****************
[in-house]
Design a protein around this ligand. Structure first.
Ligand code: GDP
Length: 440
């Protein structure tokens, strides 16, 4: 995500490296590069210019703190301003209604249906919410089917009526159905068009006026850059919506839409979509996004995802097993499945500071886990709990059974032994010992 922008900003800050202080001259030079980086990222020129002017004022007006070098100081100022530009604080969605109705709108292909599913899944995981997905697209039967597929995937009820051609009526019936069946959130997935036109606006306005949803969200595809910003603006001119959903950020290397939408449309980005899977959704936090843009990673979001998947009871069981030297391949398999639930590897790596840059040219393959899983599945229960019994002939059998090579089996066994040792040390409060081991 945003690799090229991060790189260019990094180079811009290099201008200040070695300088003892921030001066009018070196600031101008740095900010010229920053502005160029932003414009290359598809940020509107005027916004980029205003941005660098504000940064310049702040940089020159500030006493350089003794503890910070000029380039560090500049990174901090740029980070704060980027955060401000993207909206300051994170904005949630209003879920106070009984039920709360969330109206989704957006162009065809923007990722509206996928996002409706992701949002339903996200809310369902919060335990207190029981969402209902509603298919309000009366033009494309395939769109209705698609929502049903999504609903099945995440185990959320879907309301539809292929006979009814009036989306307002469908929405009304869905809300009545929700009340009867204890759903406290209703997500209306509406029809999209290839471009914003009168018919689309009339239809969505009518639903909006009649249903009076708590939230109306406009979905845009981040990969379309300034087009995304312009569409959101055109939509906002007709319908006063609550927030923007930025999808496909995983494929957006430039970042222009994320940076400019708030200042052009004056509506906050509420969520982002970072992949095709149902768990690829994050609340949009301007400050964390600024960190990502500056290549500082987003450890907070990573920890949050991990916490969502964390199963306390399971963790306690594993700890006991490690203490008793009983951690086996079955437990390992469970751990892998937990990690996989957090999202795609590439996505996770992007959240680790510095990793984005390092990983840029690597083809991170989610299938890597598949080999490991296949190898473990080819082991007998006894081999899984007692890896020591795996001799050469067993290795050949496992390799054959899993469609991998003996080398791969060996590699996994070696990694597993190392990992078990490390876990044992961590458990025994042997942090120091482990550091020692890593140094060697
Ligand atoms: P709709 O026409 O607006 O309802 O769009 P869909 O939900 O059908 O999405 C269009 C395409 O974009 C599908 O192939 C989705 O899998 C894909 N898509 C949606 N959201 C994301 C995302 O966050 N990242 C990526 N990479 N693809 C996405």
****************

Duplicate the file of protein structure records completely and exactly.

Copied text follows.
[in-house]
Design a protein around this ligand. Structure first.
Ligand code: GDP
Length: 440
């Protein structure tokens, strides 16, 4: 995500490296590069210019703190301003209604249906919410089917009526159905068009006026850059919506839409979509996004995802097993499945500071886990709990059974032994010992 922008900003800050202080001259030079980086990222020129002017004022007006070098100081100022530009604080969605109705709108292909599913899944995981997905697209039967597929995937009820051609009526019936069946959130997935036109606006306005949803969200595809910003603006001119959903950020290397939408449309980005899977959704936090843009990673979001998947009871069981030297391949398999639930590897790596840059040219393959899983599945229960019994002939059998090579089996066994040792040390409060081991 945003690799090229991060790189260019990094180079811009290099201008200040070695300088003892921030001066009018070196600031101008740095900010010229920053502005160029932003414009290359598809940020509107005027916004980029205003941005660098504000940064310049702040940089020159500030006493350089003794503890910070000029380039560090500049990174901090740029980070704060980027955060401000993207909206300051994170904005949630209003879920106070009984039920709360969330109206989704957006162009065809923007990722509206996928996002409706992701949002339903996200809310369902919060335990207190029981969402209902509603298919309000009366033009494309395939769109209705698609929502049903999504609903099945995440185990959320879907309301539809292929006979009814009036989306307002469908929405009304869905809300009545929700009340009867204890759903406290209703997500209306509406029809999209290839471009914003009168018919689309009339239809969505009518639903909006009649249903009076708590939230109306406009979905845009981040990969379309300034087009995304312009569409959101055109939509906002007709319908006063609550927030923007930025999808496909995983494929957006430039970042222009994320940076400019708030200042052009004056509506906050509420969520982002970072992949095709149902768990690829994050609340949009301007400050964390600024960190990502500056290549500082987003450890907070990573920890949050991990916490969502964390199963306390399971963790306690594993700890006991490690203490008793009983951690086996079955437990390992469970751990892998937990990690996989957090999202795609590439996505996770992007959240680790510095990793984005390092990983840029690597083809991170989610299938890597598949080999490991296949190898473990080819082991007998006894081999899984007692890896020591795996001799050469067993290795050949496992390799054959899993469609991998003996080398791969060996590699996994070696990694597993190392990992078990490390876990044992961590458990025994042997942090120091482990550091020692890593140094060697
Ligand atoms: P709709 O026409 O607006 O309802 O769009 P869909 O939900 O059908 O999405 C269009 C395409 O974009 C599908 O192939 C989705 O899998 C894909 N898509 C949606 N959201 C994301 C995302 O966050 N990242 C990526 N990479 N693809 C996405």